All of the experiments were conducted at least three times with consistent results. The gel or image from representative experiment is presented. Values are means ± SE of multiple data points. Student's t-test or one-way ANOVA was used in statistical analysis of the data with a significance of P < 0.05.
Decreased density of microvasculature in adipose tissue in ob/ob mice.
A decrease in capillary density has been proposed as a mechanism of blood flow reduction in adipose tissue in obesity. However, the reduction in capillary density is controversial (7, 23). One possible reason for the discrepancy is the quantification method for capillary density, which was determined by immunostaining in the studies (7, 23). To resolve the discrepancy, we compared capillary density in adipose tissues of lean mice and ob/ob mice via quantification of endothelial cell marker CD31. The CD31 protein was examined by immunostaining and Western blot. The CD31 mRNA was determined by qRT-PCR. In the immunohistostaining, the CD31 protein was detected in the tissue with either colorimetric- or fluorescence-based staining. CD31, distributed in the extracellular matrix of adipocytes, was reduced in obese mice (Fig. 1, A and B). The protein and mRNA of CD31 were both reduced in ob/ob mice (Fig. 1, C and D). These data suggest that neovascularization is reduced in white adipose tissue in obesity.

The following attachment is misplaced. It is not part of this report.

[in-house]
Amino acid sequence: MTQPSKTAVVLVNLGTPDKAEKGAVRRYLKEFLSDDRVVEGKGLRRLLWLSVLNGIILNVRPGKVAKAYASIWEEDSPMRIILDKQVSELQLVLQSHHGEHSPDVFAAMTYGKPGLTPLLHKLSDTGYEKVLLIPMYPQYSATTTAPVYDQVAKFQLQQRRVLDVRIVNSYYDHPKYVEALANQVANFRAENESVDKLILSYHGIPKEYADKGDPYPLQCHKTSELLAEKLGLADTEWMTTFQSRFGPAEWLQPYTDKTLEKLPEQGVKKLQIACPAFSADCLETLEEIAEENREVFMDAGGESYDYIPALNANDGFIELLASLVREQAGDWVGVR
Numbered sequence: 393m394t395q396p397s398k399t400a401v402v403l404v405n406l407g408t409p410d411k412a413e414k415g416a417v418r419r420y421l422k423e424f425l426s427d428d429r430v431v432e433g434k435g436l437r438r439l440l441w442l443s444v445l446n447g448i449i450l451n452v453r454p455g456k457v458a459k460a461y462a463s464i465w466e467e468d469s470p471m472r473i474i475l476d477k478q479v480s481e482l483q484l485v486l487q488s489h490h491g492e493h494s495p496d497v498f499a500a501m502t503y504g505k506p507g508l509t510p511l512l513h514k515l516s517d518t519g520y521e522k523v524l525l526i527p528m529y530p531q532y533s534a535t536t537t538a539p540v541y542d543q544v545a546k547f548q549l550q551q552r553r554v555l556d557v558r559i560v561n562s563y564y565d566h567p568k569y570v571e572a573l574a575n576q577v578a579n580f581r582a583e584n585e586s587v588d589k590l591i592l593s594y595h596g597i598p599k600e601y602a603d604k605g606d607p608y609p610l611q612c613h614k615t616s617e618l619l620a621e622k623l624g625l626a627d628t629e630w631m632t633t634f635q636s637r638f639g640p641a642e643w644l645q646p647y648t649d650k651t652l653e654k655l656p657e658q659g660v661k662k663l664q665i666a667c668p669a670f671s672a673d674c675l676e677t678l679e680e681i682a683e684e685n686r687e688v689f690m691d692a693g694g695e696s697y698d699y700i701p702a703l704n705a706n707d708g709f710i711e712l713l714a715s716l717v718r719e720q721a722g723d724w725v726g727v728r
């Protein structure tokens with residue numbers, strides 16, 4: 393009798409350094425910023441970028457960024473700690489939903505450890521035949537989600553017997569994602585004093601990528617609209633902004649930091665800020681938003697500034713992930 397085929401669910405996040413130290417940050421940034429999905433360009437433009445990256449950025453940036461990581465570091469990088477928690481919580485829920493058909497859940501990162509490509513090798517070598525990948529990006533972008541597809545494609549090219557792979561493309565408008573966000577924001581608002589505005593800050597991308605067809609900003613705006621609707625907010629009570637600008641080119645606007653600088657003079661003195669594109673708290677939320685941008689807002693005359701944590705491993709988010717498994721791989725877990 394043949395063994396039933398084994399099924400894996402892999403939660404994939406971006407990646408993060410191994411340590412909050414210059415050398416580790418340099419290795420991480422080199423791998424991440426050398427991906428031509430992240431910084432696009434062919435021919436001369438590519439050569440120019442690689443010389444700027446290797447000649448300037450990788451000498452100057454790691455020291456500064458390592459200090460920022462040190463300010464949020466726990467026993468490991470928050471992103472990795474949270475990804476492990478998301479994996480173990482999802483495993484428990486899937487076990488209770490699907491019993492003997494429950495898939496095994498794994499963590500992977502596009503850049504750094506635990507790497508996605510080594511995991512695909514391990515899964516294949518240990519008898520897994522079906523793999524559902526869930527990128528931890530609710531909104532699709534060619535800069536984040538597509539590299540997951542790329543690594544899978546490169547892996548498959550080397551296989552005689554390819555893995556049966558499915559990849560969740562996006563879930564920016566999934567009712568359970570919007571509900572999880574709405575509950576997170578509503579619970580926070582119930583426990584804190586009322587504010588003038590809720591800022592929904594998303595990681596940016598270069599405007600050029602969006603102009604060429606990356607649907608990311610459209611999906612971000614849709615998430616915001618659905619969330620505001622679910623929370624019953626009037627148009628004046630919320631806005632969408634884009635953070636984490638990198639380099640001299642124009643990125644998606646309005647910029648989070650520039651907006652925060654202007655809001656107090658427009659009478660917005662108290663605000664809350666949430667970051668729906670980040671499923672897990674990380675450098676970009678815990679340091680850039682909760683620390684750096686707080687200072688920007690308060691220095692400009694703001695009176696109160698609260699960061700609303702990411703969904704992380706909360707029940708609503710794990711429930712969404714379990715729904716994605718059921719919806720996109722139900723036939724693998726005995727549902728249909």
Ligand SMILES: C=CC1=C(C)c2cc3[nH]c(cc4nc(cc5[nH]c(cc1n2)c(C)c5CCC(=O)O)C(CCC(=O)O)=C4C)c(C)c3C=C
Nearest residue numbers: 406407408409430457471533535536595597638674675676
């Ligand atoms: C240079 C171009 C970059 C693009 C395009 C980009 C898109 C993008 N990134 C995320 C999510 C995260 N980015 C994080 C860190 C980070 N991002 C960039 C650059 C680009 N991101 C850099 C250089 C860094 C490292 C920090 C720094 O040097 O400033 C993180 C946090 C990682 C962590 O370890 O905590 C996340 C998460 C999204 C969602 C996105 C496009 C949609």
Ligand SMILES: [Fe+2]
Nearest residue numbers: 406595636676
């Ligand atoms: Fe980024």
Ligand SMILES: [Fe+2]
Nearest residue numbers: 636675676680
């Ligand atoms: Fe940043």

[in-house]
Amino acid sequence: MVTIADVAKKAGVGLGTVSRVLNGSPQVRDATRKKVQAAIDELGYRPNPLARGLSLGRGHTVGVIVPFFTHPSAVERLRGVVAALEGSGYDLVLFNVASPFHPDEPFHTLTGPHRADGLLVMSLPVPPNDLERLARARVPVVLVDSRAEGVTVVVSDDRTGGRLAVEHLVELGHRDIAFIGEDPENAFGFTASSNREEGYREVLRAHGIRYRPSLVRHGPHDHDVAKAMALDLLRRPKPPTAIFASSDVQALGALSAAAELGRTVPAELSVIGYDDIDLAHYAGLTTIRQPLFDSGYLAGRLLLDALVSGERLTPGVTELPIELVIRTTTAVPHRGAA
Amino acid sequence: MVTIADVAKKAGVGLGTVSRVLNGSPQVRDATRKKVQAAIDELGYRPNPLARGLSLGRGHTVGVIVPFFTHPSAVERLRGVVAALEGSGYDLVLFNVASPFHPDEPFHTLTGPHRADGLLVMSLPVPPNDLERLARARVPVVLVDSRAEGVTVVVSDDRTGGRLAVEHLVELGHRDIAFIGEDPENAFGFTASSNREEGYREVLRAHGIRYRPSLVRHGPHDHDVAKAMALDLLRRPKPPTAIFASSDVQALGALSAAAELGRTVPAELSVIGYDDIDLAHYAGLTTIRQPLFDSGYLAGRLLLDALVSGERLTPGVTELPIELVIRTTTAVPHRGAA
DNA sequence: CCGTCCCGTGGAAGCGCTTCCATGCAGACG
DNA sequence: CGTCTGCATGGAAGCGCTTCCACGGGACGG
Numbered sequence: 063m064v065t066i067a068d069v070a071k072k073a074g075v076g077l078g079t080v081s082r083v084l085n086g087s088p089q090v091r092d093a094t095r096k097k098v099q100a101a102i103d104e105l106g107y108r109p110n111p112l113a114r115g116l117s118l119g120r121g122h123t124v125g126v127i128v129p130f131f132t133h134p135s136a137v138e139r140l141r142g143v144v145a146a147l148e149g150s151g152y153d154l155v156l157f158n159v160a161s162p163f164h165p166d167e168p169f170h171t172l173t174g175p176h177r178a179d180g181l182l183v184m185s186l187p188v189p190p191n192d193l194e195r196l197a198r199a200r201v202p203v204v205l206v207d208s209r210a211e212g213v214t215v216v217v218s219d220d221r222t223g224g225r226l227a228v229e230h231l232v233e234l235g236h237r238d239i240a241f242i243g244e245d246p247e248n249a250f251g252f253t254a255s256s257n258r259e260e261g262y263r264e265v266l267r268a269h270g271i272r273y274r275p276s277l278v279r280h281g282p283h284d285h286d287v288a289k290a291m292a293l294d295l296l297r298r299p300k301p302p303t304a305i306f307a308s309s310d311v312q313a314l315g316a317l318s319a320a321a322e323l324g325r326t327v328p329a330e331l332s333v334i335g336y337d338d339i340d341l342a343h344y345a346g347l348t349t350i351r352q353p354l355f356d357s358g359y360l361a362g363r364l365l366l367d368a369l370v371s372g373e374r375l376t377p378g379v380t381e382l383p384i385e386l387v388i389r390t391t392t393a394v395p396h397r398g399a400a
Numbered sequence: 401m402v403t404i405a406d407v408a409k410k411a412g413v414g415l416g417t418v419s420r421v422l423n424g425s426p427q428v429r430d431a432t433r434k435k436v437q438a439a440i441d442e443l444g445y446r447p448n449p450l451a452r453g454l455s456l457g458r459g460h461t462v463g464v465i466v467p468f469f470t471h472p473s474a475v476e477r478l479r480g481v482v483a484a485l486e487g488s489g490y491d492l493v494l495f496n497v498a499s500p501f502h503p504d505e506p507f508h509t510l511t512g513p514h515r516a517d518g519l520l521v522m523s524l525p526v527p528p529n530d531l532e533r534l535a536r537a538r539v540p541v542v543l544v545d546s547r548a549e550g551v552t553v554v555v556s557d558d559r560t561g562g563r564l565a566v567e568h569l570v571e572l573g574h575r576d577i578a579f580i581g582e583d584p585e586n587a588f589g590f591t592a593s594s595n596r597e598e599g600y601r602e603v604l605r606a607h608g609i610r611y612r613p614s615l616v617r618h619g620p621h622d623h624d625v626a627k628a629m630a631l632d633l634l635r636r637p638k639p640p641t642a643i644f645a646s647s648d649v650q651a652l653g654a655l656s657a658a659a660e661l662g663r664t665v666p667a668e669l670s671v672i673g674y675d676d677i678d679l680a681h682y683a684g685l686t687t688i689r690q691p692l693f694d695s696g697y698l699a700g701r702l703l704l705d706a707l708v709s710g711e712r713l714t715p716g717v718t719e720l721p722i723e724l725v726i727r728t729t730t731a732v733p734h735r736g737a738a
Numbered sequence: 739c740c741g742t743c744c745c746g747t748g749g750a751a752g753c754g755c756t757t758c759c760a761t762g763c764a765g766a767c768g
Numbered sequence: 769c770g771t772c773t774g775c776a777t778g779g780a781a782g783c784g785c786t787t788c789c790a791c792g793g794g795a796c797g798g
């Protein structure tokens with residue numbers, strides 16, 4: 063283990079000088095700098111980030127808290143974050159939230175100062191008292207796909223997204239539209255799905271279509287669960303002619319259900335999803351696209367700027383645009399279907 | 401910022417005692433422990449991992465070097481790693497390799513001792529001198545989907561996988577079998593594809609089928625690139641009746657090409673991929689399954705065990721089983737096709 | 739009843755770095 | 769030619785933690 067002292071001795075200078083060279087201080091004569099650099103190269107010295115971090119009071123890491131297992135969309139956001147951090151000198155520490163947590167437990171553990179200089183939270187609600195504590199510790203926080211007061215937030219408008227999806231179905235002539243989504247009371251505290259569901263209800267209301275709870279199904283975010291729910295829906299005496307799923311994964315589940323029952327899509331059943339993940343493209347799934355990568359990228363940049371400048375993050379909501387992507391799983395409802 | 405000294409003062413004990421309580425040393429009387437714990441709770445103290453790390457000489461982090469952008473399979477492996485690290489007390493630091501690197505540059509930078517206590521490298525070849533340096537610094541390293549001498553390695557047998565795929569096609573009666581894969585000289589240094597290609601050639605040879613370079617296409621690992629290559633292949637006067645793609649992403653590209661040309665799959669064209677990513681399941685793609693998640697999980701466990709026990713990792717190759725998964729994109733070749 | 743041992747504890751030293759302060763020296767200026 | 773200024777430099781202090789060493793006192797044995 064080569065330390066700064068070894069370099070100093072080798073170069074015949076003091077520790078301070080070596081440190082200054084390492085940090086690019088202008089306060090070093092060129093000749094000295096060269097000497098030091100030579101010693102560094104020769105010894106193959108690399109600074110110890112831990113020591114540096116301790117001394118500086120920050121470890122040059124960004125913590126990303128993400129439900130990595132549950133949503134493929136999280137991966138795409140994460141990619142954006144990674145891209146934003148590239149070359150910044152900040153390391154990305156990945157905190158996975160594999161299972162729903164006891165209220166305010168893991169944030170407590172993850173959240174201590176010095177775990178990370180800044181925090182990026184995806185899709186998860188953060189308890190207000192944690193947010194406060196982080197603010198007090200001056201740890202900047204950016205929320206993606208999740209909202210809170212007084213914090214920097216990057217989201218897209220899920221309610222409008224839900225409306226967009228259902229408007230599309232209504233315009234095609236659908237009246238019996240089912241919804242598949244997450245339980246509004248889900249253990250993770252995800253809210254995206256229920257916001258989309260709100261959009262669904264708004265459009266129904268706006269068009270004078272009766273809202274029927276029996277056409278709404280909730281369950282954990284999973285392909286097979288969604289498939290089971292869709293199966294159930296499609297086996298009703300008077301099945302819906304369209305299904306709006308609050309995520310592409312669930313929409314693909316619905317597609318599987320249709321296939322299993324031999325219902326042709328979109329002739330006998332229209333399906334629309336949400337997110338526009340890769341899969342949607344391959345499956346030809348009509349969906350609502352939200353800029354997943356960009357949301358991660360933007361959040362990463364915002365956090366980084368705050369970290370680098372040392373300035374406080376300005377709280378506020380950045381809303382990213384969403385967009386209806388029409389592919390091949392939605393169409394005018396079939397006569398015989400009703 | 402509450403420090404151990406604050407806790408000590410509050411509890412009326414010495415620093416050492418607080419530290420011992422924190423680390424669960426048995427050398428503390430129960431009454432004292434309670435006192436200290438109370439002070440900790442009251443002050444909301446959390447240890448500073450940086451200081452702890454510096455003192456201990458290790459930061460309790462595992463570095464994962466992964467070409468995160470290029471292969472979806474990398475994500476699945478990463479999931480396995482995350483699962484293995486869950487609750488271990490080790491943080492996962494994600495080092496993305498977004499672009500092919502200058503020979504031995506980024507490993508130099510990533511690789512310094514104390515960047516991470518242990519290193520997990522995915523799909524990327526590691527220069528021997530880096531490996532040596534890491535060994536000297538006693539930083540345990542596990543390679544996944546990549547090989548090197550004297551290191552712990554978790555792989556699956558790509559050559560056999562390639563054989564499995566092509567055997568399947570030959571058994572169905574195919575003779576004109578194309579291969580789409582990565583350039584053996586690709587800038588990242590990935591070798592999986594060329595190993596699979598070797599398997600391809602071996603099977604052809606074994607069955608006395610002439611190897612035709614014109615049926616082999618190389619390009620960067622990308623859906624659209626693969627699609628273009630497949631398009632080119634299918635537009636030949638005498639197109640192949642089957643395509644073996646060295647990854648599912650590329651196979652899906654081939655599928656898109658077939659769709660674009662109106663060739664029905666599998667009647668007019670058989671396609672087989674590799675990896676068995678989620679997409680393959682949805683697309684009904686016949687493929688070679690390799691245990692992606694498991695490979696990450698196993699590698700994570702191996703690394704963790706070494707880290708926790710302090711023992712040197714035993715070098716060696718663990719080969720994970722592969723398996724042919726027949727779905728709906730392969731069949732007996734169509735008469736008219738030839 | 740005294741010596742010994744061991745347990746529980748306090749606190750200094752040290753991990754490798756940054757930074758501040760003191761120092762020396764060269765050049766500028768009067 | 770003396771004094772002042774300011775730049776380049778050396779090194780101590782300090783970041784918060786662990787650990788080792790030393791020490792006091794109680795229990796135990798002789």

PDGF expression in adipose tissue of ob/ob mice.
To understand the reduction in capillary density, we examined PDGF activity in the adipose tissue of obese mice. As a proangiogenic factor, PDGF is increased in human serum in response to inflammation and is involved in angiogenesis in many tissues (1, 3). However, it is not clear whether blood PDGF is elevated in an obese condition. To address this issue, the PDGF protein was compared in the serum of lean and ob/ob mice. The PDGF protein was increased in obese mice, as indicated by the ELISA data (Fig. 2A). To determine the source of PDGF protein, PDGF mRNA was determined in the adipose tissue by qRT-PCR. The mRNA was increased in the ob/ob mice as well (Fig. 2B). To determine the cell types for the source of increased PDGF, we examined PDGF mRNA in the adipose tissue after deletion of macrophages in the obese mice. The PDGF expression was reduced by macrophage deletion in a dose-dependent manner (Fig. 2C). These data suggest that PDGF is elevated in the blood and that adipose tissue may contribute to the systemic increase in PDGF protein. Macrophages are responsible for the PDGF increase in adipose tissue.